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The Internet: A Latin American province

Published in Spanish by El Nacional, Caracas, Sunday March 16th, 1997
Version en langue française
Si veda in lingua italiana

Roberto
Roberto with his daughter Hannah in the gardens of the
Center of Art La Estancia, Caracas, Venezuela.

Roberto Hernández-Montoya is the author of A Brief Theory of the Internet , Breve teoría de Internet, and Théorie succincte de l’Internet. He also wrote Latin America: An Impractical Handbook.

It is no accident that the first hypertext is a Latin American novel: Hopscotch, by the Argentine author Julio Cortázar. It presents two courses for perusal, with the relevant internal links. Something similar happens in Last Round, by the same author. It was the best hypertext that could be accomplished on paper. Guess what Cortázar could have done with a hypertext program like HyperCard or Netscape.

Latin America is the most universal region in the world. Instead of wondering which cultures nest there, it would be easier to count which cultures have not yet found there their widest territory of mutual fertilization. In Latin America’s cross-bred music all human roots love each other in the most cosmopolitan copulation ever known since humankind sprang up in Kenya’s savannas. Latin American music has always been what is now known as “fusion.” Latin America is where humanity rescued its oneness. When Latin Americans want to delve almost in any culture they only have to peek inside themselves. “Homo sum; nihil humani a me alienum puto”, said the Roman playwright Terence, ‘I am a man; nothing human is alien to me.’ It could be Latin America’s slogan. But we are not simply Spanish, Africans nor Indians; we are rather a “small human species,” Venezuelan liberator Simón Bolívar said. We are more than the simple addition of our elements. Europe and the United States are provincial, as Colombian Nobel Prize Winner Gabriel García-Márquez has declared. U.S. tourists roam the remotest regions in the world in search of a McDonald’s. They never watch a film made out of the USA. Talk with cultured French people and apart from two or three inevitable universal names — Shakespeare, Cervantes, Dante — they will only speak about French authors. Speak instead with a cultured Latin American and you will find a worldwide crossroad. Think of Julio Cortázar, of Argentine Jorge Luis Borges, of Mexican Alfonso Reyes, of Cuban Alejo Carpentier. Nothing human is alien to them. They are universal intellectuals. As much as Venezuelan Francisco de Miranda was a universal politician, who was active in the nascent U.S., as well as in England, Russia, Venezuela, and a hero of the French Revolution.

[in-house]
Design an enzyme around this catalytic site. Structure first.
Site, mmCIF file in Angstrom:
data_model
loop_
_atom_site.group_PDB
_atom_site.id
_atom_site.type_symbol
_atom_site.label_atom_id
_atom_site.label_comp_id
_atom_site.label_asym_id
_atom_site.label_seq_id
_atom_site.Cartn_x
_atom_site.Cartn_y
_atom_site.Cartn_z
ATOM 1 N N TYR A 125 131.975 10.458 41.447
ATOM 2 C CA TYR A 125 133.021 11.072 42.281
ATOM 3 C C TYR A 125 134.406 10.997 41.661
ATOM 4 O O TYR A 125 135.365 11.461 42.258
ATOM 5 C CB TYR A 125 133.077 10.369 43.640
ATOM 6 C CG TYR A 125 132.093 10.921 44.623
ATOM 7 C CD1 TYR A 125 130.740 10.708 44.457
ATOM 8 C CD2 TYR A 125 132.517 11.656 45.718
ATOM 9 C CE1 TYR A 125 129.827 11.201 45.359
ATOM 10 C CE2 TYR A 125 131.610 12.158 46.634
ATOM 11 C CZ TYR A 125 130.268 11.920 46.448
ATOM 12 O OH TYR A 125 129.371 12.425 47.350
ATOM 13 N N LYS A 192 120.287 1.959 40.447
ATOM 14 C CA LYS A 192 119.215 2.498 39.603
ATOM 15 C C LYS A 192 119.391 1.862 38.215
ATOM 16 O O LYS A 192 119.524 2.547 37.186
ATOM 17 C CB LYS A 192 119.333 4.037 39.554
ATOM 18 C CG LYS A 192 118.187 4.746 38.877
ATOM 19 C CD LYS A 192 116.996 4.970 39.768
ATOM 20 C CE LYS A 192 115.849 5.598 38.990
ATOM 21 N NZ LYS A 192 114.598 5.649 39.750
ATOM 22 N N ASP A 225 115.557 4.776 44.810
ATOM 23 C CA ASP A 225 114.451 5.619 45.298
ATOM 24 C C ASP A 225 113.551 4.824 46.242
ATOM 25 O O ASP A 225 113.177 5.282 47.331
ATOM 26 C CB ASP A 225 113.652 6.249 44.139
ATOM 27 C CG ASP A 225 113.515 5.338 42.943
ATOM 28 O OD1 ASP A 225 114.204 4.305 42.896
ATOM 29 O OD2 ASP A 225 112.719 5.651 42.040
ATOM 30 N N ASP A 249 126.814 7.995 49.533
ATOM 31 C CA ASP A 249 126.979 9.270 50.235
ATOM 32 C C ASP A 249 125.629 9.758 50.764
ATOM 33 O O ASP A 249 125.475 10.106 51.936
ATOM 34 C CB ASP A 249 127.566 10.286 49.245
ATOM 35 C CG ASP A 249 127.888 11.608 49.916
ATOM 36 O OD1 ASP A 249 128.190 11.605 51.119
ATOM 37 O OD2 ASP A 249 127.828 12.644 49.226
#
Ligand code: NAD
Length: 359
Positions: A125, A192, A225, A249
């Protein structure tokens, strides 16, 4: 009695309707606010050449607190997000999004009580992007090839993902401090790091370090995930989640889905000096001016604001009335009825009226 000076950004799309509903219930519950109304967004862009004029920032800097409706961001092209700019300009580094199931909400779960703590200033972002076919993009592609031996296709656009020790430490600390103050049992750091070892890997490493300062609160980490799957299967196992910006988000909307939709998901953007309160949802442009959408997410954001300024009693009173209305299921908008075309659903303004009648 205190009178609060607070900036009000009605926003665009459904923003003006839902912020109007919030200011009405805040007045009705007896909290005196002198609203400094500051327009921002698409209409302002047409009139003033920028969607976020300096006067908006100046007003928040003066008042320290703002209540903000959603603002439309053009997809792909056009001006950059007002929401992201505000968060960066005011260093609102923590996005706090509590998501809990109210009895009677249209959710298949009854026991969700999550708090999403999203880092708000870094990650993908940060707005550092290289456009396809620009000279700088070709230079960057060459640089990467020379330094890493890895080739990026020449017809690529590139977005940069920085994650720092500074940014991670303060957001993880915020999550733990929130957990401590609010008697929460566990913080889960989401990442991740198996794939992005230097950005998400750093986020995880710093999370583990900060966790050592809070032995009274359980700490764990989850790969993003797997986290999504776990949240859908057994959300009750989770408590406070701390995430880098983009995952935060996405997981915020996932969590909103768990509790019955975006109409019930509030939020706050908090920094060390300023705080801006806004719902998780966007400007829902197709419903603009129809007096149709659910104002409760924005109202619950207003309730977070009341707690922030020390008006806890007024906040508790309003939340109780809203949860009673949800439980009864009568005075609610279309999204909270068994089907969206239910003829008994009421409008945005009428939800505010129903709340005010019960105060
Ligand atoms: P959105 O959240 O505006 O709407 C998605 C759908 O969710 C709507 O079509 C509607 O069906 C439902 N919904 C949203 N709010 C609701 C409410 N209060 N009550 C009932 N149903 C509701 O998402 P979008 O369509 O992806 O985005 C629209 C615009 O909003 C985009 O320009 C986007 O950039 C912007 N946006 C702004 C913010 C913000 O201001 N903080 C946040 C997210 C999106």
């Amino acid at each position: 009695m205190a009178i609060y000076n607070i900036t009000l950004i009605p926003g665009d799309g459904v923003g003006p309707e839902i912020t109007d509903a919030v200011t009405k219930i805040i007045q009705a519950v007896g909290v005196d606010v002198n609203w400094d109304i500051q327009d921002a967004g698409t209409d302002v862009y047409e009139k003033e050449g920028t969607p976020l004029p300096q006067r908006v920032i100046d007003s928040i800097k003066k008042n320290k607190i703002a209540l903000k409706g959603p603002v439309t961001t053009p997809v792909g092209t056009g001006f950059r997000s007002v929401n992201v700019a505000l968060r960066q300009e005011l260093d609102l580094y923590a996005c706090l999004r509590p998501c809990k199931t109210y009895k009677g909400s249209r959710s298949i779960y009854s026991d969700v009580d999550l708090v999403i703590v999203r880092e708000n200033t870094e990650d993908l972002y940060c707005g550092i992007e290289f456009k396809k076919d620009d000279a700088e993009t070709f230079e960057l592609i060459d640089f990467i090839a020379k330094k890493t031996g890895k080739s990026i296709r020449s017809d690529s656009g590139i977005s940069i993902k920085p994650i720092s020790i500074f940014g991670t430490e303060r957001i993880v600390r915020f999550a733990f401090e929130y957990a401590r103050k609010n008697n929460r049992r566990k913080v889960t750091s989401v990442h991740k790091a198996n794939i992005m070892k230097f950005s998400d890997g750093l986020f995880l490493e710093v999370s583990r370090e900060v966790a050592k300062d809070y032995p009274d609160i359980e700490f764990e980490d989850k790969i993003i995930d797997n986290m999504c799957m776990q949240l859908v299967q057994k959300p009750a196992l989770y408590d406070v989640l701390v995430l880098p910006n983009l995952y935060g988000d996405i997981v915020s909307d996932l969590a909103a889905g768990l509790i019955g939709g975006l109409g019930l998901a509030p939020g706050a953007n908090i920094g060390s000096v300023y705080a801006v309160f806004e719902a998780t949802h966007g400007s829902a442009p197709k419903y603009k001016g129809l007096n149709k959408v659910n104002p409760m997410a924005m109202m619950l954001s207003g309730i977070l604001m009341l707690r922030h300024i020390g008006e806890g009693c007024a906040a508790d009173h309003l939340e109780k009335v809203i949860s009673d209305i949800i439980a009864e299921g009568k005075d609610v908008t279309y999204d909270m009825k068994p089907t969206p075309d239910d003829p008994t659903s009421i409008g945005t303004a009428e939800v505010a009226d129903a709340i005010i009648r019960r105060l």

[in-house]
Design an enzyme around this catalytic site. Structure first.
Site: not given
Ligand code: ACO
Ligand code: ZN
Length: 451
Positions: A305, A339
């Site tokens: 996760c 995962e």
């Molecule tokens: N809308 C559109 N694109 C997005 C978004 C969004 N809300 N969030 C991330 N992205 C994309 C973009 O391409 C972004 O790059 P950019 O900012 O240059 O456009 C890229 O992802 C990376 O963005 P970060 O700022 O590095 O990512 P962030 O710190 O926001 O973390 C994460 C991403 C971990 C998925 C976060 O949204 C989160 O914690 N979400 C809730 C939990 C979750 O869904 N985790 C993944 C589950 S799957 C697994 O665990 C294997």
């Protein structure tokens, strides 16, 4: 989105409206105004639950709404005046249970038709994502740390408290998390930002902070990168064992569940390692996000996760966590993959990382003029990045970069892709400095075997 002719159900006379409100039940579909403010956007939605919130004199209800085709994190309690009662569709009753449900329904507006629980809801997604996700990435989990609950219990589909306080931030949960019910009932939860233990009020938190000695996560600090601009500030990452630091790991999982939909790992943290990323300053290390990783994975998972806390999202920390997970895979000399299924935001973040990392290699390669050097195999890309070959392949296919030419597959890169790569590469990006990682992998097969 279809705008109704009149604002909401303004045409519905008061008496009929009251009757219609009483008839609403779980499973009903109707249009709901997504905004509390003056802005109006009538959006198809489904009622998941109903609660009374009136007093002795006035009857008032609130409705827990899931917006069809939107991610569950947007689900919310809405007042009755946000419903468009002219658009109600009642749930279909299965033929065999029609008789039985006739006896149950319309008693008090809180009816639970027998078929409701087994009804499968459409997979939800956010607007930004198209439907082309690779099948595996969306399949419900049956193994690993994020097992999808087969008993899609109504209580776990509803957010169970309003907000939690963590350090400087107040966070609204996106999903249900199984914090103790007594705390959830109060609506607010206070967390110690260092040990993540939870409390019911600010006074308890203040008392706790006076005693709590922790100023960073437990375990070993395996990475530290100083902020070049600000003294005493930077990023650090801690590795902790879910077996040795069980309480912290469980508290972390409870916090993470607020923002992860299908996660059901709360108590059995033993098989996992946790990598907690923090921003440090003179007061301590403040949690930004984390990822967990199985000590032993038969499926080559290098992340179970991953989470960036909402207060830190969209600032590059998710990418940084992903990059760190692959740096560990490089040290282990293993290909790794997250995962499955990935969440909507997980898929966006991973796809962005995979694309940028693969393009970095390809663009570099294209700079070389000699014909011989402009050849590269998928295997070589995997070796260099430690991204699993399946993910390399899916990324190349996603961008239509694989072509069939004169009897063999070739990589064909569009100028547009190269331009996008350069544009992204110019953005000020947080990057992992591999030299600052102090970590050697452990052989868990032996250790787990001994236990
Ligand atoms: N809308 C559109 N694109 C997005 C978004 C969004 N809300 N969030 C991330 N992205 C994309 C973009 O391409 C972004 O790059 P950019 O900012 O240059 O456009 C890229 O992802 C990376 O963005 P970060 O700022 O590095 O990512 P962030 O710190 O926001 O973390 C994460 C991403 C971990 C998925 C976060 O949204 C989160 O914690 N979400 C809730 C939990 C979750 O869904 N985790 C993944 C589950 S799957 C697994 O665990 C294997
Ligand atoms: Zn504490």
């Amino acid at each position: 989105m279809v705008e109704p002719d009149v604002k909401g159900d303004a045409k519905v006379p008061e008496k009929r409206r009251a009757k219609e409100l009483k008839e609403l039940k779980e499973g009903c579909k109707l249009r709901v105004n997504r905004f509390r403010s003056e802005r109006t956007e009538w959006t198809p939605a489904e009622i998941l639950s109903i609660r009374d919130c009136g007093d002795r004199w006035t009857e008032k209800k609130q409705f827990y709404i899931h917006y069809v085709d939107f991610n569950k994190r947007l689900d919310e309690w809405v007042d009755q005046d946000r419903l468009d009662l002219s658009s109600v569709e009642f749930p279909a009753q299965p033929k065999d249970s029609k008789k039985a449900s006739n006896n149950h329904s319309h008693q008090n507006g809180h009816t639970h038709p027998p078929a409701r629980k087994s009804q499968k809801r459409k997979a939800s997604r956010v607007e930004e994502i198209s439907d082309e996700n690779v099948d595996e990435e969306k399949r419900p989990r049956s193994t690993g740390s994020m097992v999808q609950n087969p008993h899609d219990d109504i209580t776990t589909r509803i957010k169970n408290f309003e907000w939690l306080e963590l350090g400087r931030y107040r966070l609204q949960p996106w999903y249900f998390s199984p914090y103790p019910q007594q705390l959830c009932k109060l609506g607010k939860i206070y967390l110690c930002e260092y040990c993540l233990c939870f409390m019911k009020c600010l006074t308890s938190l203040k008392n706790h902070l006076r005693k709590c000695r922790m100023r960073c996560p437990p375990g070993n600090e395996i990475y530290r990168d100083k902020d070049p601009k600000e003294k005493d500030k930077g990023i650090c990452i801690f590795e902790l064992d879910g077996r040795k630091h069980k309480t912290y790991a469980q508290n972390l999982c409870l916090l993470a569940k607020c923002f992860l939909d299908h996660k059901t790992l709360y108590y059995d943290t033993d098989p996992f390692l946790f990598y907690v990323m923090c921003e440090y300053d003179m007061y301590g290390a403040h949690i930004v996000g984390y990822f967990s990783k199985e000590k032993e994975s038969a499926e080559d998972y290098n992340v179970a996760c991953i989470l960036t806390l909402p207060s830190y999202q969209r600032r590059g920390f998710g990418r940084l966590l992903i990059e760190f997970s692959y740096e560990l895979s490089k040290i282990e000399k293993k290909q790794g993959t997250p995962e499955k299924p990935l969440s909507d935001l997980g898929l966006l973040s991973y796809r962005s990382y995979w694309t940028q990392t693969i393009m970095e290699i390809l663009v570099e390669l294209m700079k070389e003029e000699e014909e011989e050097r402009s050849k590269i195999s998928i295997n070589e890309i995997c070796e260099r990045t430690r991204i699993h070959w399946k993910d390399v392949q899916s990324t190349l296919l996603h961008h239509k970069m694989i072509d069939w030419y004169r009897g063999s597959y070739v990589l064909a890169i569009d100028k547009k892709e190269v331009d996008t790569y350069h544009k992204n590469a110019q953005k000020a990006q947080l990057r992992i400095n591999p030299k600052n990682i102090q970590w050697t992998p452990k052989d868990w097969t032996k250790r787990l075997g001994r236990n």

As a consequence, we can conclude that the Internet can be a Latin American province because its universal connections storm every frontier and place you everywhere and nowhere at the same time. We usually cannot know if the persons with whom we exchange email are blond, young, fat, Afghani. Sometimes we cannot know their sex or their age. Certainly there are racist zealots on the Internet, but I wonder how they can prevent a jocular Jew from sneaking into their messages.

There are limitations for Latin America though, generally of economic nature. According to the United Nations, half the humanity has never exchanged a telephone call. Following the same source, only in Italy there are more telephones than in the whole Latin America. Nevertheless, the relatively low cost of the Internet will certainly allow that Latin America enters it with all its strength to conform and confirm its “cosmic race” nature, its condition as a space for all, to teach humanity lessons of humanity. But it will happen only if Latin America realizes and exerts that universality, overcoming its present hurdles, derived from its failure to perceive its specificity, which, paradoxically, is universality. We missed the Industrial Revolution. But this time we might lead the next human adventure. Europe taught humanity to be like Europe; Latin America might teach all the humanity to be like all the humanity.


See also
América no existe
Los guiños venezolanos a la inteligencia

No somos serios
(conversación con Arturo Úslar Pietri)
¿Quinientos años de cultura no bastan?

Other works by Roberto Hernández-Montoya.

MadeMac

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